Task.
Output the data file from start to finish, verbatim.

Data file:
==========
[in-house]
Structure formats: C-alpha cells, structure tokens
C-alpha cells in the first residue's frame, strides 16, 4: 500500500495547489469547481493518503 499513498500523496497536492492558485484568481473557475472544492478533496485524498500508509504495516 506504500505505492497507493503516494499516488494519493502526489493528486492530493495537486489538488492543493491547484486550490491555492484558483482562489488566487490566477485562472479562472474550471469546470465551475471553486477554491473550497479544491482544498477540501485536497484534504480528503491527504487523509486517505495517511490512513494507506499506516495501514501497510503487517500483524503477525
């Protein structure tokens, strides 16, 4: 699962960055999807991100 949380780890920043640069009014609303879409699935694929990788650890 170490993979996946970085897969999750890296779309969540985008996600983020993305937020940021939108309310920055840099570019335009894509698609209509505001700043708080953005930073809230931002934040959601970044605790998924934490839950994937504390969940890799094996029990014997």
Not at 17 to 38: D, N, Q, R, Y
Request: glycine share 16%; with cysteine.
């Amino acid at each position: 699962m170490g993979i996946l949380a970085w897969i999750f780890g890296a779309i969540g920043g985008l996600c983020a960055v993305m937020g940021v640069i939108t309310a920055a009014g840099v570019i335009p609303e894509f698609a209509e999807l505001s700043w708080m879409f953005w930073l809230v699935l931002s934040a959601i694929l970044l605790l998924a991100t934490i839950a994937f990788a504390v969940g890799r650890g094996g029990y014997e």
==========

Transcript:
[in-house]
Structure formats: C-alpha cells, structure tokens
C-alpha cells in the first residue's frame, strides 16, 4: 500500500495547489469547481493518503 499513498500523496497536492492558485484568481473557475472544492478533496485524498500508509504495516 506504500505505492497507493503516494499516488494519493502526489493528486492530493495537486489538488492543493491547484486550490491555492484558483482562489488566487490566477485562472479562472474550471469546470465551475471553486477554491473550497479544491482544498477540501485536497484534504480528503491527504487523509486517505495517511490512513494507506499506516495501514501497510503487517500483524503477525
């Protein structure tokens, strides 16, 4: 699962960055999807991100 949380780890920043640069009014609303879409699935694929990788650890 170490993979996946970085897969999750890296779309969540985008996600983020993305937020940021939108309310920055840099570019335009894509698609209509505001700043708080953005930073809230931002934040959601970044605790998924934490839950994937504390969940890799094996029990014997």
Not at 17 to 38: D, N, Q, R, Y
Request: glycine share 16%; with cysteine.
């Amino acid at each position: 699962m170490g993979i996946l949380a970085w897969i999750f780890g890296a779309i969540g920043g985008l996600c983020a960055v993305m937020g940021v640069i939108t309310a920055a009014g840099v570019i335009p609303e894509f698609a209509e999807l505001s700043w708080m879409f953005w930073l809230v699935l931002s934040a959601i694929l970044l605790l998924a991100t934490i839950a994937f990788a504390v969940g890799r650890g094996g029990y014997e």